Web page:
In Vermont, maple syrup season starts around the end of February, when the daytime temperatures reach the high-thirties and the night temperatures go below freezing. The season usually lasts until early April, or when you spot wild ramps coming up and spring wild flowers start blooming in the woods.
Maple syrup used to be collected in galvanized buckets hung from metal spiles. Sap dripped into the buckets and slowly filled them, until the sugaring crew came along and emptied the buckets into a horse- or tractor-drawn sap tank. The sap is lightly sweet and clear; nothing like the syrup it gets boiled into. At 2% sugar content in the sap, it takes about 42 gallons of sap to make 1 gallon of syrup.
When we started sugaring, we used buckets and a hobby sized arch under a lean-to. We harvested our own wood and had to carefully watch the boiling pans to make sure the syrup didn't get too hot and scorch the expensive stainless steel.
David built a new sugarhouse on the farm so we could put in a larger arch to boil more sap. We still use only sustainably harvested local wood to fire our arch, most of it coming from dead or culled trees from our sugarbush.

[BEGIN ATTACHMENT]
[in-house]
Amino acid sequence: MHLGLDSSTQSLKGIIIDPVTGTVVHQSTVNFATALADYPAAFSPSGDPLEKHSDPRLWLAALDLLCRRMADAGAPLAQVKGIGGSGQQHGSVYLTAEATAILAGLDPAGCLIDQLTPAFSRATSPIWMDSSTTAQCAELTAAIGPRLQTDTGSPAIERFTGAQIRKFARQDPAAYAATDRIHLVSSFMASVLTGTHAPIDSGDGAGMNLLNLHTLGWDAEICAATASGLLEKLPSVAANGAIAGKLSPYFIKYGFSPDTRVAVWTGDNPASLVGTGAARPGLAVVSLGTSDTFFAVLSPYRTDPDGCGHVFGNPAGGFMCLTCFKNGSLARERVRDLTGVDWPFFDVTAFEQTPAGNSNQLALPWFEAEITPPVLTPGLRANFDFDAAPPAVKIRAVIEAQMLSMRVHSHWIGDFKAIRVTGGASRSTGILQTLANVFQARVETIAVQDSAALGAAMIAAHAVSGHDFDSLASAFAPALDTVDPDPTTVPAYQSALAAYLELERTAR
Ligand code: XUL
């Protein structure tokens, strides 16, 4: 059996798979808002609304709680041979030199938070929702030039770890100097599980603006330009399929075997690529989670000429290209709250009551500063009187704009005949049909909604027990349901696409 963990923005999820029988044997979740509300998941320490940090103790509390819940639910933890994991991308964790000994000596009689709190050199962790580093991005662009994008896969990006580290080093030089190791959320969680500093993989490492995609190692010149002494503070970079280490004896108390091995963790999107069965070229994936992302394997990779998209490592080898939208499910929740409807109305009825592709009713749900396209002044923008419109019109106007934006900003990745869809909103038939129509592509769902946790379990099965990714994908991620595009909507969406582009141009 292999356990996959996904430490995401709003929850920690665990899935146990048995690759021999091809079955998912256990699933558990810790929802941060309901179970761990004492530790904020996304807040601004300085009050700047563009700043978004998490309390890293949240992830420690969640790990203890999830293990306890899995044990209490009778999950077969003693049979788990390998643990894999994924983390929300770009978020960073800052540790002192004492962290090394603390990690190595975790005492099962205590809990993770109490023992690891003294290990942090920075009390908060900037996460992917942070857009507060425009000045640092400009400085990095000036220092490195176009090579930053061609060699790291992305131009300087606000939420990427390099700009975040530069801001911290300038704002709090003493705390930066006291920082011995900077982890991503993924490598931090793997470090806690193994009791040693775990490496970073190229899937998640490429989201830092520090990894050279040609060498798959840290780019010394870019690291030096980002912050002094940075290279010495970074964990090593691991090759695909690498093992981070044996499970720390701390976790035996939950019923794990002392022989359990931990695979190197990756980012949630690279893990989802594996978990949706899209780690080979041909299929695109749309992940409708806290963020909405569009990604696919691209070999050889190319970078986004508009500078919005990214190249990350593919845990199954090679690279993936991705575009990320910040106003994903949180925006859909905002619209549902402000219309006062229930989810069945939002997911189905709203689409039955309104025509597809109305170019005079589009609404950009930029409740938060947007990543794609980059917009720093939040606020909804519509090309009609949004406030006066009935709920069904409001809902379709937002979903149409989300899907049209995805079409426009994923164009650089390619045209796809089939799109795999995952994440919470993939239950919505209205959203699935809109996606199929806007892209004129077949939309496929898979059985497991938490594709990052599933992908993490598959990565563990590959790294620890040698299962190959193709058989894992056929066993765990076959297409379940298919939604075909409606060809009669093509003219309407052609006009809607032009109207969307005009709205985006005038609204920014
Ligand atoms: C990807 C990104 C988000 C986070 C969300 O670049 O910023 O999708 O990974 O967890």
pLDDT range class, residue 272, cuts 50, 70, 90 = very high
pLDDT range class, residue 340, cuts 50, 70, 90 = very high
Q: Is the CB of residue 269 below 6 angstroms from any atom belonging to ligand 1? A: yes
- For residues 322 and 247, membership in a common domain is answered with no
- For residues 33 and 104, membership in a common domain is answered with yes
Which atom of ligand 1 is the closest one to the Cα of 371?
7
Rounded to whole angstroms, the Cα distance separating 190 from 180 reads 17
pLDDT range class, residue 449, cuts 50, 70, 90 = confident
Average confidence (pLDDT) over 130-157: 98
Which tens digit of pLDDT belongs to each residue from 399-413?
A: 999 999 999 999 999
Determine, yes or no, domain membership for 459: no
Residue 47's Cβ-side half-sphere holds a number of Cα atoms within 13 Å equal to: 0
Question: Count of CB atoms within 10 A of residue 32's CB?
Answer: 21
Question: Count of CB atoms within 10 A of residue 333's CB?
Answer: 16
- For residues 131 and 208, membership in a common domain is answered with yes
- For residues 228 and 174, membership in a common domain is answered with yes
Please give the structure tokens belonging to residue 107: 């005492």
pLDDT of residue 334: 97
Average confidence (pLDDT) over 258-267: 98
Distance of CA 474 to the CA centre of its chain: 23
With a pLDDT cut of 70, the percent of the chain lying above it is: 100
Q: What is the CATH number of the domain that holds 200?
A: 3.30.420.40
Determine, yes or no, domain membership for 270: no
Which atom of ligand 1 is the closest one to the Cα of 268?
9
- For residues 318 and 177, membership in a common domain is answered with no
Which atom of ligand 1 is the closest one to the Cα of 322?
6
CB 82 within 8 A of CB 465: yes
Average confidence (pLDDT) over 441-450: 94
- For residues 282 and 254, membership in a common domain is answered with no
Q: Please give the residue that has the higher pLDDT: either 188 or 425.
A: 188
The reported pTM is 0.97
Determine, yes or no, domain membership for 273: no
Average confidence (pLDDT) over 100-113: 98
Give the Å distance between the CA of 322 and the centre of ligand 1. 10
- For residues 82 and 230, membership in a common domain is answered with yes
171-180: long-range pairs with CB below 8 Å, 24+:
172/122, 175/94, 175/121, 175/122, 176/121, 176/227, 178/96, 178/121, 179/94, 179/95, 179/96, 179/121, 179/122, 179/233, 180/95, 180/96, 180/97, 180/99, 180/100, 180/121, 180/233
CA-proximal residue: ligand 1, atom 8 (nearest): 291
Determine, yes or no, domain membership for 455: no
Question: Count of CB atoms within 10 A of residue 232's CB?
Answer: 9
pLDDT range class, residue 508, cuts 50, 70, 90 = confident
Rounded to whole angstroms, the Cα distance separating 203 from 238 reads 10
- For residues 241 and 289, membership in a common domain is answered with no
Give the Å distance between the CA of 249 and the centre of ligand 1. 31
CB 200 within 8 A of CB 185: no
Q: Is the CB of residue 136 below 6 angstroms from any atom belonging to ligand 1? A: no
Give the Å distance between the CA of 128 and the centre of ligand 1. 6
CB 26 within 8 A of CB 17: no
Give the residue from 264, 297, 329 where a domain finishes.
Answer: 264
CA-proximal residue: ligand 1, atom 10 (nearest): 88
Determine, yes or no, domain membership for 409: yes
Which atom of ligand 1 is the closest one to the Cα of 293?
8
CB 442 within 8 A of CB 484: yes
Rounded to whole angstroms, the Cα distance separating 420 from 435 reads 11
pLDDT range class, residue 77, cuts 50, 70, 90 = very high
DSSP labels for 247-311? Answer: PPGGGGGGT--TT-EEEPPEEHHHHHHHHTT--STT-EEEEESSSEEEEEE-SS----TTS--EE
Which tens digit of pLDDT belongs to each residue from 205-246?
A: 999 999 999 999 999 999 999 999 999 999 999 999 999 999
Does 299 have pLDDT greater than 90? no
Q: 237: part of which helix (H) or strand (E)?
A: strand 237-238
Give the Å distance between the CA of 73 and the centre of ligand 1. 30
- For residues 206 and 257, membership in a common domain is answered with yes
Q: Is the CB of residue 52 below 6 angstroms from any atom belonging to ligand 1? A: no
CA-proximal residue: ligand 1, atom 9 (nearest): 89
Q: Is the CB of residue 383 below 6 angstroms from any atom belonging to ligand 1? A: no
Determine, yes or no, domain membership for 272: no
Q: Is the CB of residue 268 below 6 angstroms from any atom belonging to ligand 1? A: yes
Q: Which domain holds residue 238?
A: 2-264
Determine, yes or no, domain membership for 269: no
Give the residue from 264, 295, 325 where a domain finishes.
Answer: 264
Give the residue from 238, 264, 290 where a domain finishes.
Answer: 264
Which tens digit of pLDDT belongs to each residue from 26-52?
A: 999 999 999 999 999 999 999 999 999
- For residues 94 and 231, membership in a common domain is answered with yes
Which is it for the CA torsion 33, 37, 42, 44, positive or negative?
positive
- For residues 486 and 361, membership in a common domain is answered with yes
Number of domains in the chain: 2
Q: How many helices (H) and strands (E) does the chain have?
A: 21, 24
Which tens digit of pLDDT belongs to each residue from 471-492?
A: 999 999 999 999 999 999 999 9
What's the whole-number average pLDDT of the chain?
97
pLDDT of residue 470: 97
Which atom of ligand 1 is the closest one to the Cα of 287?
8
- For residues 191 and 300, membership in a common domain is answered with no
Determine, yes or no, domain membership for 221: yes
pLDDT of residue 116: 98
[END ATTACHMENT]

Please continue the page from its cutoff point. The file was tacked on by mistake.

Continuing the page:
We know that climate change is going to impact the maples. Our sugaring season in Vermont used to start in early March, and many years the first run of sap happens in February now. Our sugarbush, which used to produce sap with 2.5%-3% sugar, now regularly produces sap around 1% sugar. Is this a sign of climate change, a stress response to less predictable weather patterns? Or perhaps a natural cycle of high productivity followed by lower productivity? The sugaring community doesn't fully understand what causes maples to run sweet some years and not on others, although a healthy, unstressed sugarbush seems to correlate with sweeter sap.
We've been able to add some modernizations to help prepare for changes in our sugarbush. Plastic pipeline going to bulk sap collection tanks allows us to collect sap from more trees than we could gather by hand from buckets. (We still use a small number of buckets to collect sap from trees that can't easily be added to pipeline).
Reverse Osmosis removes water from sap, so instead of starting a boil at 1% sugar we can boil sap at 4% sugar. We've never believed in using an RO to bring sap to 10% or higher, as this seems to impact the flavor of the finished maple syrup. Using an RO saves boiling time and decreases the amount of wood it takes to boil sap into syrup.
I'm sure there will be other modern aids in sugaring that come out in the next decade to help sugarers and maples cope with changing weather patterns. In the meantime, we'll focus on a diverse and healthy forest.